Full Version: Any reliable source for photo printers review ?
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Couldn't find any, plenty of marketing for features etc, but how des influence final output ?
would a 6 color with 1.5 pilcoliter drops have smoother color transition than a printer with 1 picotiter drops with 4 inks ?
couldn' find amy measures for actual resolution etc 
anyone can helpm
I'm interested too, in general, for a number of reasons. Ten years ago I used Blurb to publish a book and was overall satisfied. After ten years I'd expect better quality and lower costs, but as far as I know Blurb prices have increased. Leaving the thing off my mind for ten years disconnected me from the possible alternatives; I've searched for reviews, but I didn't find much better, so I'm longing to see answers here.
Can't help you there - but one warning - don't go for the printers with refillable "megatank/ecotank" etc.
I got a new printer (not for photos) a few months ago and wherever I looked for user reviews - these were often marked as unreliable.
You could try Northlight Images, although Keith generally tests professional photo printers.

HTH, kind regards, Wim
(03-30-2023, 11:16 PM)Klaus Wrote: [ -> ]Can't help you there - but one warning - don't go for the printers with refillable "megatank/ecotank" etc.
I got a new printer (not for photos) a few months ago and wherever I looked for user reviews - these were often marked as unreliable.
Contrary to your findings Klaus my Epson ET-2710 has been completely reliable, only needing a nozzle clean once after many months of being unused in extremely thick house renovation dust (disc cutting euro bricks) two cleans and it was business as usual, how it survived those conditions is beyond me, the Epsom ink tank series has a good reputation for reliability btw.
  I've printed hundreds of prints and there still remains 1/3 rd of the original ink in the tanks after more than two years.
 The price for the four ink bottles is 40 euros, which gives you 265 mls (more than a 1/4 of a liter !?!), print resolution is higher than most and the quality is very good for a four tank system.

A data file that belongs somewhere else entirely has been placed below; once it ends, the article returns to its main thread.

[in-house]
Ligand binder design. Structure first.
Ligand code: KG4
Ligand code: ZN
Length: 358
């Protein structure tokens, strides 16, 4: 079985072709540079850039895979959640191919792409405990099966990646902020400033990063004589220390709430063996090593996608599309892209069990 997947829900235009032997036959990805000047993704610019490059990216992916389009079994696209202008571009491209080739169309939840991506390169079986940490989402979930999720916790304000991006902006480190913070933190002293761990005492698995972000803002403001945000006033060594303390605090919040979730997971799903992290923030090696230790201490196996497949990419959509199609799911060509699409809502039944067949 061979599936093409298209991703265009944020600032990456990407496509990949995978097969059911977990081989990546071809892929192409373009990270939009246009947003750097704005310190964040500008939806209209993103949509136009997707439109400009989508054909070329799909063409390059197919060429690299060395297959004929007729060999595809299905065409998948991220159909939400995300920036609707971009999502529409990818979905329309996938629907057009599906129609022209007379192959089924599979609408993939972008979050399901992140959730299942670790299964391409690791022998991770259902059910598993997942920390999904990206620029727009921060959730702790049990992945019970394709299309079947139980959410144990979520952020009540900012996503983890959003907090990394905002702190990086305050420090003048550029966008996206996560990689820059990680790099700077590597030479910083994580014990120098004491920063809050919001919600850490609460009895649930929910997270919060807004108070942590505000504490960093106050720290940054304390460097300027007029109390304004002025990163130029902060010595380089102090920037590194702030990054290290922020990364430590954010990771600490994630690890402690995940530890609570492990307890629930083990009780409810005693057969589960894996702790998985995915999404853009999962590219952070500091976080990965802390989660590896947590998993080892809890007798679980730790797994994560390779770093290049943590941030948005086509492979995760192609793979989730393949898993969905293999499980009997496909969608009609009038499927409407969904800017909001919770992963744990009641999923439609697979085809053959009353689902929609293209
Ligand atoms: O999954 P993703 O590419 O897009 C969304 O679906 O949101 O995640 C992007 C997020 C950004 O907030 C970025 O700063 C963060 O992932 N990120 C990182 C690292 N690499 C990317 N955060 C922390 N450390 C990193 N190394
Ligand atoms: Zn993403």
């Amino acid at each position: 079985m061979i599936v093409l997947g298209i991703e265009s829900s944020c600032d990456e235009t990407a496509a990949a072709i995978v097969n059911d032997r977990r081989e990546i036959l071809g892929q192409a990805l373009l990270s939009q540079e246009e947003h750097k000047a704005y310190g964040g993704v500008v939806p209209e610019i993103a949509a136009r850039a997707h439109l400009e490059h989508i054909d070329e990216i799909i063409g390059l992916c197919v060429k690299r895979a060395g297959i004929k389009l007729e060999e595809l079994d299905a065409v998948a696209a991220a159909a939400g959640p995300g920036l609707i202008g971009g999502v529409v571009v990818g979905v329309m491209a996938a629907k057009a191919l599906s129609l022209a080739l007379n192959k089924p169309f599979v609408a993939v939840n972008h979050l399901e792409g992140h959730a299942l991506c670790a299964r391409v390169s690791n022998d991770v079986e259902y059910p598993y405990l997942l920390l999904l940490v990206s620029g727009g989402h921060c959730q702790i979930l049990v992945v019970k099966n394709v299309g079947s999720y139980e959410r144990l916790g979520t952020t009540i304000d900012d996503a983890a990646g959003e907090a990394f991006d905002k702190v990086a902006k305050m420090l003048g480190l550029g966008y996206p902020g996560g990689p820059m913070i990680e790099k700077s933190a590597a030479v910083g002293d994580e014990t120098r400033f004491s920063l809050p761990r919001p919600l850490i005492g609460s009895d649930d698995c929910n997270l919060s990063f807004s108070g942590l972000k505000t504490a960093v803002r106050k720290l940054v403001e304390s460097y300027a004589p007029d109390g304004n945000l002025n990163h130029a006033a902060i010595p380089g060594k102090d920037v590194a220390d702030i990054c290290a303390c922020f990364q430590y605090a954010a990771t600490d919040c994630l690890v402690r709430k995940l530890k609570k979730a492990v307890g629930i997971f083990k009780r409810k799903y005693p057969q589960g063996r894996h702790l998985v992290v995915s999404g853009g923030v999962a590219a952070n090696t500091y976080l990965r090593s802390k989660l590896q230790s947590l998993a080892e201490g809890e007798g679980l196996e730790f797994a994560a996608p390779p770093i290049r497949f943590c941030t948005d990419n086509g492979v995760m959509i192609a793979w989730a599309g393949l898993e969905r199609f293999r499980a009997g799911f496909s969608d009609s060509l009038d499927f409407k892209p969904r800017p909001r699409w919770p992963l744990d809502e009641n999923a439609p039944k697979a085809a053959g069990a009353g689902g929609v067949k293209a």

It's the first printer I've loved and not hated, unlike Canon printers and their bad management of "no paper" warnings when it has paper and cartridges also not being recognized ...... I threw away enough Canon printers to fill a dustbin ..... drove me nuts!
What is a rough estimate of the printing costs per A4 print (only counting ink consumption)? Also, how long does it take for an A4 print?
If you don't mind, I'd like to recap some points from my past experience in case they can be useful for others (but also for me):
  • my latest printer was Epson Photo Stylus 2100 and I was pretty satisfied by the prints;
  • the ink cost per A4 print was roughly 1€ (take it as a reference, I don't have written notes and I'm recalling by heart; it could even be the cost per A3 print);
  • I see that e.g. Blurb asks $205 for 33×28 cm, 200 pages, dust jacket hardcover (the cheaper softcover is not available for this format) — that's roughly 1€ per page and I have roughly 200 photos to print per year; so 1€ per page is my cost reference;
  • the problems were the extreme slowness and the fact that the printer didn't work well in unattended mode (I have a dedicated computer to handle printers and technically I could submit dozens of prints to the print queue, leaving me free to do other things with the laptop): I mean that when an ink cartridge was empty and I replaced it typically the current unfinished print was ruined;